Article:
Buysse DJ, Reynolds CF 3 rd , Monk TH, Berman SR, Kupfer DJ. The Pittsburgh Sleep Quality Index: A new instrument for psychiatric practice and research. Psychiatry Res 1989;28: 193-213.  Back to cited text no. 5
Johns MW. A new method for measuring daytime sleepiness: The Epworth Sleepiness Scale. Sleep 1991;14:540-5.  Back to cited text no. 6
Short MA, Gradisar M, Lack LC, Wright HR. The impact of sleep on adolescent depressed mood, alertness and academic performance. J Adolesc 2013;36:1025-33.  Back to cited text no. 7
Vanderlind WM, Beevers CG, Sherman SM, Trujillo LT, McGeary JE, Matthews MD, et al. Sleep and sadness: Exploring the relation among sleep, cognitive control, and depressive symptoms in young adults. Sleep Med 2014;15:144-9.  Back to cited text no. 8
Sivertsen B, Lallukka T, Salo P, Pallesen S, Hysing M, Krokstad S, et al. Insomnia as a risk factor for ill health: Results from the large population-based prospective HUNT Study in Norway. J Sleep Res 2014;23:124-32.  Back to cited text no. 9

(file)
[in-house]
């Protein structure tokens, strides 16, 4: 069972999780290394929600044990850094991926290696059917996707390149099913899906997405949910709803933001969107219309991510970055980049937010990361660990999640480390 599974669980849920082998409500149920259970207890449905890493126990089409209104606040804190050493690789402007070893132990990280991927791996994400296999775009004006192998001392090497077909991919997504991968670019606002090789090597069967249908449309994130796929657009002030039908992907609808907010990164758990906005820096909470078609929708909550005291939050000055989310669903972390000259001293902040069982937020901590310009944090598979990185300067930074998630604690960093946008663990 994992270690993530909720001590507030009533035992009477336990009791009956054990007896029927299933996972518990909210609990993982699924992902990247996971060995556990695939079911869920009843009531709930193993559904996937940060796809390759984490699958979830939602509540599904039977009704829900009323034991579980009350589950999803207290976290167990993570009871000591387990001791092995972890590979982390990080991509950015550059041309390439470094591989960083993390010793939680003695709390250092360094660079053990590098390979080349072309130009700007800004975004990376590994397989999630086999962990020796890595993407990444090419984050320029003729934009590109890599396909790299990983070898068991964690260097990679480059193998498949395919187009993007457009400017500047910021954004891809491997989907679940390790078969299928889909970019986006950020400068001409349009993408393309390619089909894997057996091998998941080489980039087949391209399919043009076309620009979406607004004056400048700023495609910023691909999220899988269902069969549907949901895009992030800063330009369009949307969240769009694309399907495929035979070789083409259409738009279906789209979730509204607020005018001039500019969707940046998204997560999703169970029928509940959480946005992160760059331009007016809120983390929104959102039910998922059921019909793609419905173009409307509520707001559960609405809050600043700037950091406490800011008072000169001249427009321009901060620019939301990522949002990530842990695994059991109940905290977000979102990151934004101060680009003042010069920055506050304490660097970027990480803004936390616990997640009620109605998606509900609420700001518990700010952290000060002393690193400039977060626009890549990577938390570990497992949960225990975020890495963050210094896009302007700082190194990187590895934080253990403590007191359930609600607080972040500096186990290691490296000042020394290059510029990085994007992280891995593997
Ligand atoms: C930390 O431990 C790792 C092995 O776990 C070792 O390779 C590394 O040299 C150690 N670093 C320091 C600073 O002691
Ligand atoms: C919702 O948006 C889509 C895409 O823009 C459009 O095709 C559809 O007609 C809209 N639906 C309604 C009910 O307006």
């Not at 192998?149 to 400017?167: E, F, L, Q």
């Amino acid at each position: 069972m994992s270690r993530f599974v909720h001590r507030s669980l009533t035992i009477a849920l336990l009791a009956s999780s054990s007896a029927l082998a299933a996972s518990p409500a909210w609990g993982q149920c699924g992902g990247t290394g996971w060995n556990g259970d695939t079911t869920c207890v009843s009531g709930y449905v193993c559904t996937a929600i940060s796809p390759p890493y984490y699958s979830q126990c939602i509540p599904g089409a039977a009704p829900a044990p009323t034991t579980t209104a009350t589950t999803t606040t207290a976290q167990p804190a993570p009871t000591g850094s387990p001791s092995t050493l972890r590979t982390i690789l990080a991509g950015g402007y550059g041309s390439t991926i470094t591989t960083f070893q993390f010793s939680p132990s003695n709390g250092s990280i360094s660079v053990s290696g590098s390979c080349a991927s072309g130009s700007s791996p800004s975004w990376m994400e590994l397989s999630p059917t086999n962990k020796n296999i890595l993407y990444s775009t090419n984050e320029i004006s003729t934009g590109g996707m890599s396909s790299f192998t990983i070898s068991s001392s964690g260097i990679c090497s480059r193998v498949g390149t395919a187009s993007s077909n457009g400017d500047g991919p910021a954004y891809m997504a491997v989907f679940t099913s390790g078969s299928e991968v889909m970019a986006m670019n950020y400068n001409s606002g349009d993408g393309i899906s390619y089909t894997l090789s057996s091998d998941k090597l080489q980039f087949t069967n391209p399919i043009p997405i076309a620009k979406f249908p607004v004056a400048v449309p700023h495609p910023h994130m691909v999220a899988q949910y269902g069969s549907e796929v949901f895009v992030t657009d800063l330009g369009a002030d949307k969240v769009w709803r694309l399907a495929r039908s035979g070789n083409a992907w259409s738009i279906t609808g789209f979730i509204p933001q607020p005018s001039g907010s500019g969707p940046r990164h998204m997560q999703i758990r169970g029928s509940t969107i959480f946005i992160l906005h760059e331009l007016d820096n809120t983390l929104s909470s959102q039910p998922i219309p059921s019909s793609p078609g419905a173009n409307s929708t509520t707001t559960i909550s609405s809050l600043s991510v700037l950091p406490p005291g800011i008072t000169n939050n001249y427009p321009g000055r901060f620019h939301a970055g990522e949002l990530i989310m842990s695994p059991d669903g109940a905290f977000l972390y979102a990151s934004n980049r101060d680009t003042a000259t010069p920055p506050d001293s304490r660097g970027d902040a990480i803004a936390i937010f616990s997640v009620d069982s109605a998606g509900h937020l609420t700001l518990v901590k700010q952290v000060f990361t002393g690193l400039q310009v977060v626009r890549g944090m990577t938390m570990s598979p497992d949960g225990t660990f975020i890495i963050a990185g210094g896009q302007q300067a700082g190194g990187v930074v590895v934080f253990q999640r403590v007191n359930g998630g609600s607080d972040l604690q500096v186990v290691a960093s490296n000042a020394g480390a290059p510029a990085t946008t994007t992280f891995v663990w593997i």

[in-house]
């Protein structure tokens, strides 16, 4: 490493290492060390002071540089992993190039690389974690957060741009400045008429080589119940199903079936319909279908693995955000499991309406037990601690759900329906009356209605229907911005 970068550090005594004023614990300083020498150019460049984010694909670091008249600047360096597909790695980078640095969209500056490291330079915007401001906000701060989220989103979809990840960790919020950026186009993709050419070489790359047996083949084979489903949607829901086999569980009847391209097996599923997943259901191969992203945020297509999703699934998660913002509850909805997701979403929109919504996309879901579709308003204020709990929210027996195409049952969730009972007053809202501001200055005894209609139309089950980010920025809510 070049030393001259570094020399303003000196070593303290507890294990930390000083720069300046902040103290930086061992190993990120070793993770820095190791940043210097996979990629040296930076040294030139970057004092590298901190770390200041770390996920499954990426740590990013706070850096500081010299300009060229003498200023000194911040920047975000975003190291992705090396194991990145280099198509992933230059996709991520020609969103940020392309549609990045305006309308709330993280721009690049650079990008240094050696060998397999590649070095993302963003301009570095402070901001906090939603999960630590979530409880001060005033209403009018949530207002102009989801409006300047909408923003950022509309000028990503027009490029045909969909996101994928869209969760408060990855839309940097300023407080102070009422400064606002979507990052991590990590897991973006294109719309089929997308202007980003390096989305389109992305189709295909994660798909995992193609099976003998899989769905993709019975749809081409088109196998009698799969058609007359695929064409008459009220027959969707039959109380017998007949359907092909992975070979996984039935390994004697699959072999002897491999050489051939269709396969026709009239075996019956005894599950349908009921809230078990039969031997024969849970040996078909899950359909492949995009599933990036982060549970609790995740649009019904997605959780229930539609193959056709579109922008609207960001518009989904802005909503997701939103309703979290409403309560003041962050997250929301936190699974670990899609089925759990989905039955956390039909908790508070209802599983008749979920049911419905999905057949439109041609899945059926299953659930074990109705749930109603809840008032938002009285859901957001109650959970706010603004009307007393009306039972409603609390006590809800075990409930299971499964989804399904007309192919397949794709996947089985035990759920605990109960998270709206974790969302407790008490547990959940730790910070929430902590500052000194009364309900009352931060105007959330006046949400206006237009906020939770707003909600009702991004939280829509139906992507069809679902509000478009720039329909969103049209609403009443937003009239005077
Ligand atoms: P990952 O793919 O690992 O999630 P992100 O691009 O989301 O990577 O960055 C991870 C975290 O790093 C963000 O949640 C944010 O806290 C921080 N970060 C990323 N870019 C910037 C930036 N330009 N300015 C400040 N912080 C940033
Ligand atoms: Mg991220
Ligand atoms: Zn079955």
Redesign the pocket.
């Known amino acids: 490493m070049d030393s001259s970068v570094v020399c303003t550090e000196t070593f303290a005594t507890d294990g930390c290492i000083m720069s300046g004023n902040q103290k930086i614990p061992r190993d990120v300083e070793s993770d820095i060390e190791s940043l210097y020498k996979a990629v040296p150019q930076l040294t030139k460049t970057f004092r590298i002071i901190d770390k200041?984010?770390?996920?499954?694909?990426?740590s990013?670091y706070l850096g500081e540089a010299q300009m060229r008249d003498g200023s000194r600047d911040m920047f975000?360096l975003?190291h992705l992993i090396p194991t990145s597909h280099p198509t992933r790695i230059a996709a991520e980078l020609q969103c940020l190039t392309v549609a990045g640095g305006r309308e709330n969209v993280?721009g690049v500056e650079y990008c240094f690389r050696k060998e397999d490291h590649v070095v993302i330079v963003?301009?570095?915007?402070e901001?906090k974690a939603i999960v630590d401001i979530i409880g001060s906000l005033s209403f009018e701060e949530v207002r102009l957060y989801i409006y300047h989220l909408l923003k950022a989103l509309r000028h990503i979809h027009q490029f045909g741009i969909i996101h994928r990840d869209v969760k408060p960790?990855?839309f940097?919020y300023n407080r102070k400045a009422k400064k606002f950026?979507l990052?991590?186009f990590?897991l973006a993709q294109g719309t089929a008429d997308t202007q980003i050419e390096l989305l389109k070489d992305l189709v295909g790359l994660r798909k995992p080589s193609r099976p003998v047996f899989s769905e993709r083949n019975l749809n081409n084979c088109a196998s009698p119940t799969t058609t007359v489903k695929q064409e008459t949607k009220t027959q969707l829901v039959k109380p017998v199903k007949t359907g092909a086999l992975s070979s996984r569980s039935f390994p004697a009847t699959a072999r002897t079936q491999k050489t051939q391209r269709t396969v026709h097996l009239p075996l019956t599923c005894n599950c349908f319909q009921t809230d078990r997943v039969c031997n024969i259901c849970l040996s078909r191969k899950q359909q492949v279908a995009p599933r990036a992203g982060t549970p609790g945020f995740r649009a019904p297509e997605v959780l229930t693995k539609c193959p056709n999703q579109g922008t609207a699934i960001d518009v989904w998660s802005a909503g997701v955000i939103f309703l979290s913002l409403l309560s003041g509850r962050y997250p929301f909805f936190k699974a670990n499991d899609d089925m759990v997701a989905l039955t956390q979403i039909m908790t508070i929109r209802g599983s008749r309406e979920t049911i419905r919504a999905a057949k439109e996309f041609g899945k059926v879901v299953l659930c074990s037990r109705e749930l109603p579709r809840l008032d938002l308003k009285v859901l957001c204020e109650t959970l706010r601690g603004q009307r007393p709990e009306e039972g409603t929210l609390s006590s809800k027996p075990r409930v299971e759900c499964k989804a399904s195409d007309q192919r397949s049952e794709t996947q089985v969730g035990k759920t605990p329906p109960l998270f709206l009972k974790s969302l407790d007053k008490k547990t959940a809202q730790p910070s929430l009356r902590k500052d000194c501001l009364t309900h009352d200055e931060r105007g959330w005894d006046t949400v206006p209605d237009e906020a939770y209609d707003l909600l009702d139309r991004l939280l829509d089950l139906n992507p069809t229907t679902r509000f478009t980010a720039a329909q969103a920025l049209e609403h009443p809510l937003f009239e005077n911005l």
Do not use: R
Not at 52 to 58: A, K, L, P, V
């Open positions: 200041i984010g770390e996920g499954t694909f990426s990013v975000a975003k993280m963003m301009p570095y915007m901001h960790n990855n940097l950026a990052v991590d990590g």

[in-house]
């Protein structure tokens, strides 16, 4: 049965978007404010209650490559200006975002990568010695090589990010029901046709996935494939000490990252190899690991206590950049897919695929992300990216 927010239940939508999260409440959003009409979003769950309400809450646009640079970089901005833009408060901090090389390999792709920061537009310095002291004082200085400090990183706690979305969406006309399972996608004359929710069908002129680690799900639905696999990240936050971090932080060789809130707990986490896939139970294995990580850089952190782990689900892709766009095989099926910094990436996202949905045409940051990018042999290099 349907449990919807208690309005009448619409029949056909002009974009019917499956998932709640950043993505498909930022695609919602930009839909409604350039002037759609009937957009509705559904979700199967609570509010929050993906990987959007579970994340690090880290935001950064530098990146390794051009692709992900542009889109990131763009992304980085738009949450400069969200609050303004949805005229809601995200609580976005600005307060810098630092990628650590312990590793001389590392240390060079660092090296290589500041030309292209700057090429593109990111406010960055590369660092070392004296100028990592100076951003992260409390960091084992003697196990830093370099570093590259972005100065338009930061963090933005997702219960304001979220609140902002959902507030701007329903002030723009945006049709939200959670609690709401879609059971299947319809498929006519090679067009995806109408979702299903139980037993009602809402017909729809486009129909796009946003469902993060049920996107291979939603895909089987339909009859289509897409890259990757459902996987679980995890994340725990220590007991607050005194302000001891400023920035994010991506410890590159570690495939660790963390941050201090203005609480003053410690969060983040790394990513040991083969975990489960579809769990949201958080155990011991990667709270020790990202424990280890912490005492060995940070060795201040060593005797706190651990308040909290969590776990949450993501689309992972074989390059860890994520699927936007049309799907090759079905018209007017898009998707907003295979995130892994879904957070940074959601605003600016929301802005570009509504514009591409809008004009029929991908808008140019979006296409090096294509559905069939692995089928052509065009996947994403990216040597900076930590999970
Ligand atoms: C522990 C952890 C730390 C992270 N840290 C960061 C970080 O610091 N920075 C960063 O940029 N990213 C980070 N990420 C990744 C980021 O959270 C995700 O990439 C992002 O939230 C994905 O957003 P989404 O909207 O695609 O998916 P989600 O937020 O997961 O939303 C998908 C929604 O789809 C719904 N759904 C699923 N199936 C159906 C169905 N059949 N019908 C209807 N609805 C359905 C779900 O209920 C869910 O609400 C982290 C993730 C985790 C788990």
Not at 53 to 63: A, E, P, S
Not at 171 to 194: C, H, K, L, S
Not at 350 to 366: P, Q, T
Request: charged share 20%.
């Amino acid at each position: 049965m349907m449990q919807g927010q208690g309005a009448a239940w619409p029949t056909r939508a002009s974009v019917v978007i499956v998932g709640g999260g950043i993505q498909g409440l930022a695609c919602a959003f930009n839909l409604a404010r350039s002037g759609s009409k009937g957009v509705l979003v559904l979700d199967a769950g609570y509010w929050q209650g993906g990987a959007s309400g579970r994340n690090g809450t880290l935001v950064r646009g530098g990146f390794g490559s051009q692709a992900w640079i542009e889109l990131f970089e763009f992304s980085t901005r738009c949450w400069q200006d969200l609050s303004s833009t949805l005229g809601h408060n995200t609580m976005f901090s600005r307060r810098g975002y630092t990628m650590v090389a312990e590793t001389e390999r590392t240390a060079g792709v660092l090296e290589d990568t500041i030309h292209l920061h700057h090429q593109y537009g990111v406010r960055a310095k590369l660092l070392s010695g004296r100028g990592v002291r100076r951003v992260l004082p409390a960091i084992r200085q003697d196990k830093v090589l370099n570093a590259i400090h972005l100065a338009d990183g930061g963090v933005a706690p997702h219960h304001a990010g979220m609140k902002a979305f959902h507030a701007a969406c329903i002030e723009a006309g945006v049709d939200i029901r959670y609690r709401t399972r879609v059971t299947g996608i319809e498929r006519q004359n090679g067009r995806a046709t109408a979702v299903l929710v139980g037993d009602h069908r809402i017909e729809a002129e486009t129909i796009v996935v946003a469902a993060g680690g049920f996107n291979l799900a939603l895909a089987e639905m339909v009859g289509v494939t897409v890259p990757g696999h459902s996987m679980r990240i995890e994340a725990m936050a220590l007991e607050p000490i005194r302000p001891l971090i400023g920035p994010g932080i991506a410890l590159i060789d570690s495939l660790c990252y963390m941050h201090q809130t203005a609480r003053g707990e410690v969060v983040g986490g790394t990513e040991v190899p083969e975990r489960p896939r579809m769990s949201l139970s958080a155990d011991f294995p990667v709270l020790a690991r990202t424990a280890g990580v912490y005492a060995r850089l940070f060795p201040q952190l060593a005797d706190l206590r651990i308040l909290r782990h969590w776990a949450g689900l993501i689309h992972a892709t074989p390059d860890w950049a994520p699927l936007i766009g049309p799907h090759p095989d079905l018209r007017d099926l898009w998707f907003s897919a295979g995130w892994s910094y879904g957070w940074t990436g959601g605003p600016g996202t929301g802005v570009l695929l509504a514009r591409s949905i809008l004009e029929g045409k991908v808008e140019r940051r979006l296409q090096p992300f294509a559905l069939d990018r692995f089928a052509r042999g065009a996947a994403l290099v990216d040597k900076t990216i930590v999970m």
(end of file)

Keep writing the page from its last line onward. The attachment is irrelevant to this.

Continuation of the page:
Baldwin DC Jr, Daugherty SR. Sleep deprivation and fatigue in residency training: Results of a national survey of first- and second-year residents. Sleep 2004;27:217-23.  Back to cited text no. 10
Landrigan CP, Rothschild JM, Cronin JW, Kaushal R, Burdick E, Katz JT, et al. Effect of reducing interns′ work hours on serious medical errors in intensive care units. N Engl J Med 2004;351:1838-48.  Back to cited text no. 11